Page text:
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Defining 'Tell, Don't Ask'... Well, Almost...

03.12.2012
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I’ve been wanting to write about ‘Tell Don’t Ask’ for some time now, mainly because it’s often espoused as the ‘right’ way to design a program and I've seen lots of Java code that doesn't use it. ‘Tell Don’t Ask’ isn’t a new idea, it’s been around for some time under other guises: in the OO world I’ve seen it called “Objects Do Things” and a long time ago when I was a Windows SDK C++ programmer it was called “Objects Aren’t structs”.

The big idea is that object A tells object B what to do and object B tells C as shown in the diagram below:


...and the idea behind this is that you never interrogate the state of an object in order to make a decision about what to do next - after all, that’s procedural programming.

To demonstrate this, I’m going to use the proverbial shopping cart scenario in which the user adds items to the shopping cart and then gets hold of the items to calculate their total cost.

The item code is very straight forward and looks like this:

public class Item {

  private final String code;
  private final Double price;

  public Item(String code, Double price) {
    this.code = code;
    this.price = price;
  }

  public String getCode() {
    return code;
  }

  public Double getPrice() {
    return price;
  }
}

…whilst the flawed ask don’t tell shopping cart looks like this:

public class ShoppingCart {

  private final List<Item> items;

  public ShoppingCart() {
    items = new ArrayList<Item>();
  }

  public void addItem(Item item) {

    items.add(item);
  }

  public List<Item> getAllItems() {
    return Collections.unmodifiableList(items);
  }
}

All that’s left to do here is to calculate the total code as shown in this unit test:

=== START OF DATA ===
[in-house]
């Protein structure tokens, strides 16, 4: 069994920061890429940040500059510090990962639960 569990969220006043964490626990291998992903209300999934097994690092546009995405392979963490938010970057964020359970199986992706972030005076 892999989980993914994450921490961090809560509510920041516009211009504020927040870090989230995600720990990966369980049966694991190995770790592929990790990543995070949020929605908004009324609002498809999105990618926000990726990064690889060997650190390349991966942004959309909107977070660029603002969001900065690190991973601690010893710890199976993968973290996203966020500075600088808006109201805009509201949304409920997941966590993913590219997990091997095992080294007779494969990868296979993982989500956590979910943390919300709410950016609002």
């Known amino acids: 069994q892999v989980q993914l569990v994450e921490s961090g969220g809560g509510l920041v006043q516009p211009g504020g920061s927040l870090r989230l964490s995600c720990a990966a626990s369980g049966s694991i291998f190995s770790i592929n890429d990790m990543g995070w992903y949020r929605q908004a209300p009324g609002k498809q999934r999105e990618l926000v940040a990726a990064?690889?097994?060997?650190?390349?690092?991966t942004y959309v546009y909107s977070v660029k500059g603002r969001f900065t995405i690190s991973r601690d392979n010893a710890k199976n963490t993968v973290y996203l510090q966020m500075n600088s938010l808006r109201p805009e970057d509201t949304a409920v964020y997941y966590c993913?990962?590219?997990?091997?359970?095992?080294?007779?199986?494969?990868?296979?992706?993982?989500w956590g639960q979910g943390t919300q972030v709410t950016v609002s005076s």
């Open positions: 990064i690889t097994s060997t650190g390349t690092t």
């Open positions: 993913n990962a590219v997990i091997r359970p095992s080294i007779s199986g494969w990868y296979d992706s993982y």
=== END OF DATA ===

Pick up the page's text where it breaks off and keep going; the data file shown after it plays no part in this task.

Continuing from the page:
public class ShoppingCartTest {

  /**
   * Test method for {@link tell_dont_ask.ask.ShoppingCart#getAllItems()}.
   */
  @Test
  public void calculateTotalCost() {

    ShoppingCart instance = new ShoppingCart();

    Item a = new Item("gloves", 23.43);
    instance.addItem(a);

    Item b = new Item("hat", 10.99);
    instance.addItem(b);

    Item c = new Item("scarf", 5.99);
    instance.addItem(c);

    double totalCost = calcTotalCost(instance);
    assertEquals(40.41, totalCost, 0.0001);
  }

  private double calcTotalCost(ShoppingCart instance) {

    List<Item> items = instance.getAllItems();
    double total = 0.0;
    for (Item item : items) {
      total += item.getPrice();
    }

    return total;
  }

}

An that should about wrap things up, the test passes and everyone's happy. Or are they? If you look at the code more closely you’ll see that in order to calculate the total cost the unit test client has to ask the shopping cart to give it a list of its items and then the unit test iterates through them to work out the total. Even though the shopping cart quite rightly returns an immutable list, it is still giving the unit test client code access to its internal state, breaking the rules of encapsulation.

So, this where Tell Don’t Ask comes to the rescue...

public class ShoppingCart {

  private final List<Item> items;

  public ShoppingCart() {
    items = new ArrayList<Item>();
  }

  public void addItem(Item item) {

    items.add(item);
  }

  public double calcTotalCost() {

    double total = 0.0;
    for (Item item : items) {
      total += item.getPrice();
    }

    return total;
  }
}
 
public class ShoppingCartTest {

  /**
   * Test method for {@link tell_dont_ask.ask.ShoppingCart#calculateTotalCost()}.